Psychosocial Correlates of Objective, Performance-Based, and Patient-Reported Physical Function Among Patients with Heterogeneous Chronic Pain

J Pain Res. 2020 Sep 10;13:2255-2265. doi: 10.2147/JPR.S266455. eCollection 2020.

Abstract

Background: Improving all aspects of physical function is an important goal of chronic pain management. Few studies follow recent guidelines to comprehensively assess physical function via patient-reported, performance-based, and objective/ambulatory measures.

Purpose: To test 1) the interrelation between the 3 types of physical function measurement and 2) the association between psychosocial factors and each type of physical function measurement.

Methods: Patients with chronic pain (N=79) completed measures of: 1) physical function (patient-reported disability; performance-based 6-minute walk-test; objective accelerometer step count); 2) pain and non-adaptive coping (pain during rest and activity, pain-catastrophizing, kinesiophobia); 3) adaptive coping (mindfulness, general coping, pain-resilience); and 4) social-emotional dysfunction (anxiety, depression, social isolation and emotional support). First, we tested the interrelation among the 3 aspects of physical function. Second, we used structural equation modeling to test associations between psychosocial factors (pain and non-adaptive coping, adaptive coping, and social-emotional dysfunction) and each measurement of physical function.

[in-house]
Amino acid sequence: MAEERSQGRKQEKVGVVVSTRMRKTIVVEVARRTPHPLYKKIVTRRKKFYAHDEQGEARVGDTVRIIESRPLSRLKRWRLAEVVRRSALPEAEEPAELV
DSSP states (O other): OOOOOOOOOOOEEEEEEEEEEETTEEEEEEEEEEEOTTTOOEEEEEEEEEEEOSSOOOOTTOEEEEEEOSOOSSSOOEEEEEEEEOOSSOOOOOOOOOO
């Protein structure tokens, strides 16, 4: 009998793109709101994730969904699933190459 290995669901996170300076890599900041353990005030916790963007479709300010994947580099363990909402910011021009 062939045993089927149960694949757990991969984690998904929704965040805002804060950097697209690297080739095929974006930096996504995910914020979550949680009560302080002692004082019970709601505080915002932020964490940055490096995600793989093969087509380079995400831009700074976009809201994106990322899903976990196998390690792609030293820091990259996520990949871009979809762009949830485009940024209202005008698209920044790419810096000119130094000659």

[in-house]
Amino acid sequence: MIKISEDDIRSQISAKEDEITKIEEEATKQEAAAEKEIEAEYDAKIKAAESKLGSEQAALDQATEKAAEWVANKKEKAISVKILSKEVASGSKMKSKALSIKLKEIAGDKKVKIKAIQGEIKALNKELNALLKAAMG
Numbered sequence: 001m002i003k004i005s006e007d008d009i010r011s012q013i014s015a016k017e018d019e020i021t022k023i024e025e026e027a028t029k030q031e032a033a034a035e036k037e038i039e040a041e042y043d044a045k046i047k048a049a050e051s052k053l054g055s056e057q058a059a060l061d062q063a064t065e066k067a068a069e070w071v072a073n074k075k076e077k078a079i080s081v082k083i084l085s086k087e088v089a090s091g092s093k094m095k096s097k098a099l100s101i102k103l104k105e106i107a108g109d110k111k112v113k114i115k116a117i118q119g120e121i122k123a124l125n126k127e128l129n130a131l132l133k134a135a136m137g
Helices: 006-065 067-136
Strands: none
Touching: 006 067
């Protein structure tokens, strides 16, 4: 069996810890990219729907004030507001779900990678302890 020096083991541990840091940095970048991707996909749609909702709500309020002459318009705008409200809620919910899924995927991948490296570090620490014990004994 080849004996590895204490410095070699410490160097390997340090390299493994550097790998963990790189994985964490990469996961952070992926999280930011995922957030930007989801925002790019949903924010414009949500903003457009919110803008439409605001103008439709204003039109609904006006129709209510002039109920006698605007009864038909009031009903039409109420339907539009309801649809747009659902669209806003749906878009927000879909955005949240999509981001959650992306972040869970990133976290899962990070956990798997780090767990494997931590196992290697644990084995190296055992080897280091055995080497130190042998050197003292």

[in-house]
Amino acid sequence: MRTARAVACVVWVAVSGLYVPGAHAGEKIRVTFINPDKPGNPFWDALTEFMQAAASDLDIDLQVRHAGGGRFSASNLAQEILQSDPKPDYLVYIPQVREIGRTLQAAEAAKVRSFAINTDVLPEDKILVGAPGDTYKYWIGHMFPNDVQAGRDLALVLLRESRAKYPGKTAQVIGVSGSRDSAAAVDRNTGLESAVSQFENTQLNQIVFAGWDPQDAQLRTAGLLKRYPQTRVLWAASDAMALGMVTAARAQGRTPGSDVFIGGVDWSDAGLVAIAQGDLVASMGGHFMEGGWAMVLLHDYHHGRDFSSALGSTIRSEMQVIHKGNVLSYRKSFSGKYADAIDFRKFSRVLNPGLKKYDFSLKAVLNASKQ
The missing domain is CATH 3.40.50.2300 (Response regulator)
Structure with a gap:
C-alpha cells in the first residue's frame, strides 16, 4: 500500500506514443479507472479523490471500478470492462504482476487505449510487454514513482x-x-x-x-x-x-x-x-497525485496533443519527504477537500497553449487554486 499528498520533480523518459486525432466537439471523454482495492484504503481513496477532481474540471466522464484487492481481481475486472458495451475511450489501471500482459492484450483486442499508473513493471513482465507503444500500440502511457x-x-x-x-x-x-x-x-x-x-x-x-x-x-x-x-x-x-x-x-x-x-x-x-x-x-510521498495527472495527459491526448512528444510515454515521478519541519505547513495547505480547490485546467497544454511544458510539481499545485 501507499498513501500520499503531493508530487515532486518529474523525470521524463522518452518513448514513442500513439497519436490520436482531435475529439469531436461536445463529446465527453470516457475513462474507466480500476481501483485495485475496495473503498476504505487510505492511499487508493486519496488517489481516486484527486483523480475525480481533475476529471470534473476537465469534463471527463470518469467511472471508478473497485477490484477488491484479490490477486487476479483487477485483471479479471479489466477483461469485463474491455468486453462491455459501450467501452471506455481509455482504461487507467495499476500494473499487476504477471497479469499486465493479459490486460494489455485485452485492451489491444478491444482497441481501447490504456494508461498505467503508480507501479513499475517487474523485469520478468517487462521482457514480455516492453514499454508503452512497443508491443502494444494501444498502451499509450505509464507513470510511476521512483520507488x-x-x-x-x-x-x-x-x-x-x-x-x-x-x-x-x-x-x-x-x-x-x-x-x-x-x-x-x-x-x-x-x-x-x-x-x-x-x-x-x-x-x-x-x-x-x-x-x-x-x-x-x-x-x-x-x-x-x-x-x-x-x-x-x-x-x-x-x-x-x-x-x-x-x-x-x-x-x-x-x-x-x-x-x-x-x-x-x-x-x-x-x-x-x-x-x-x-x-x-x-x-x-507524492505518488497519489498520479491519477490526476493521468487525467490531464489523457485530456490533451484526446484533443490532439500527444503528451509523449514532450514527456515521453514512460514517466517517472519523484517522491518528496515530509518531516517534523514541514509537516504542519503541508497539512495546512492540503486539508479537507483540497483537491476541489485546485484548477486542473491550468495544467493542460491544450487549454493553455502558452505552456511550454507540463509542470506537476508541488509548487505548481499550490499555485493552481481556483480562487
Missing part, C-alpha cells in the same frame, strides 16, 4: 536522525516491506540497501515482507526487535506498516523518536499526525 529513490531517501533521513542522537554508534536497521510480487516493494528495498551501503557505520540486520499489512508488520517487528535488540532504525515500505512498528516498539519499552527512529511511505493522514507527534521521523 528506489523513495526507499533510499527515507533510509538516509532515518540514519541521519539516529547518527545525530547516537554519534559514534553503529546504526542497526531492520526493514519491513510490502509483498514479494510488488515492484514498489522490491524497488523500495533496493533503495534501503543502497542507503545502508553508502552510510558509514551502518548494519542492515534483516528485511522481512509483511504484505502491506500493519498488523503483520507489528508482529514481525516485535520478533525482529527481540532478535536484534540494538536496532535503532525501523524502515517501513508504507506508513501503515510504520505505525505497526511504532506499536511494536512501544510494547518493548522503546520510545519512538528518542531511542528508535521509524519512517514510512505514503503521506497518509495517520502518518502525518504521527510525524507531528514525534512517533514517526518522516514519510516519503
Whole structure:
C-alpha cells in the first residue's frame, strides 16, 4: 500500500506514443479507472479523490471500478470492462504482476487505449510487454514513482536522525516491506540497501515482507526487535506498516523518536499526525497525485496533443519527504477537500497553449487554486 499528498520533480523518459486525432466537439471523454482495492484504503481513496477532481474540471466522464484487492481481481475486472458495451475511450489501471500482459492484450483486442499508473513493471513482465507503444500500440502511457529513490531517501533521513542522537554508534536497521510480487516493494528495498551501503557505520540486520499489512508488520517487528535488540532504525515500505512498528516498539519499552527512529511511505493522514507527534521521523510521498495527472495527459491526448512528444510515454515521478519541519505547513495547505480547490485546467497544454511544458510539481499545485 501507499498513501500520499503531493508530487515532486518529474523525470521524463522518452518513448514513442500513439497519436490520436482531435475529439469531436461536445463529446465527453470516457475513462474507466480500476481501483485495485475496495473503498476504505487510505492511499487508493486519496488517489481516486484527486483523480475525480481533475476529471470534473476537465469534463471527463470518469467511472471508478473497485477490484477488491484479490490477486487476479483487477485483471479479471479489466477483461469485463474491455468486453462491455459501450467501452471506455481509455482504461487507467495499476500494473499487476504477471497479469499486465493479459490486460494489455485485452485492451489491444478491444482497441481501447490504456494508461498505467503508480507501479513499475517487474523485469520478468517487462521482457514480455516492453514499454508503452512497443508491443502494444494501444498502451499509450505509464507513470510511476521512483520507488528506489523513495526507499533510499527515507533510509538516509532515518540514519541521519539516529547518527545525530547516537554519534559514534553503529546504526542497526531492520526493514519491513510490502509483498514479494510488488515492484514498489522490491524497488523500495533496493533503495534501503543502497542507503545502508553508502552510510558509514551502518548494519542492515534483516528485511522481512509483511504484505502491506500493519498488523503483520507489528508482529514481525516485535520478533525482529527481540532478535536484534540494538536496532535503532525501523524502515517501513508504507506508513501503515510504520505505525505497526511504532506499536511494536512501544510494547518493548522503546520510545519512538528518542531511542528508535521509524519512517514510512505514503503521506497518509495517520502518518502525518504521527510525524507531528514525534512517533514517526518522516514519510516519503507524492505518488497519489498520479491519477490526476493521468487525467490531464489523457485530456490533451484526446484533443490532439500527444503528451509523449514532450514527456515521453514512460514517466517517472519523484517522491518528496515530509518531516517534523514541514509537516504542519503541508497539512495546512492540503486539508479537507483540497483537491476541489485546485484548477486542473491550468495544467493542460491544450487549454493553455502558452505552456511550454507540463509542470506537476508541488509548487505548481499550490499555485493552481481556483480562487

Results: Performance-based and objective physical function were significantly interrelated (r=0.48, p<0.001) but did not correlate with patient-reported disability. Pain and non-adaptive coping (β=0.68, p<0.001), adaptive coping (β=-0.65, p<0.001) and social-emotional dysfunction (β=0.65, p<0.001) were associated with patient-reported disability but not to performance-based or objective physical function (ps>0.1).

Conclusion: Results suggest that patient-reported physical function may provide limited information about patients' physical capacity or ambulatory activity. While pain and non-adaptive reactions to it, adaptive coping, and social-emotional dysfunction may potentially improve patient-reported physical function, additional targets may be needed to improve functional capacity and ambulatory activity.

Trial registration: ClinicalTrials.gov NCT03412916.

Keywords: accelerometer; chronic pain; physical function; psychosocial factors; six-minute walk test.

Associated data

  • ClinicalTrials.gov/NCT03412916

Grant support

This study was funded by an R34 grant from the National Center for Complementary and Integrative Health (1R34AT009356-01A1) to the senior author.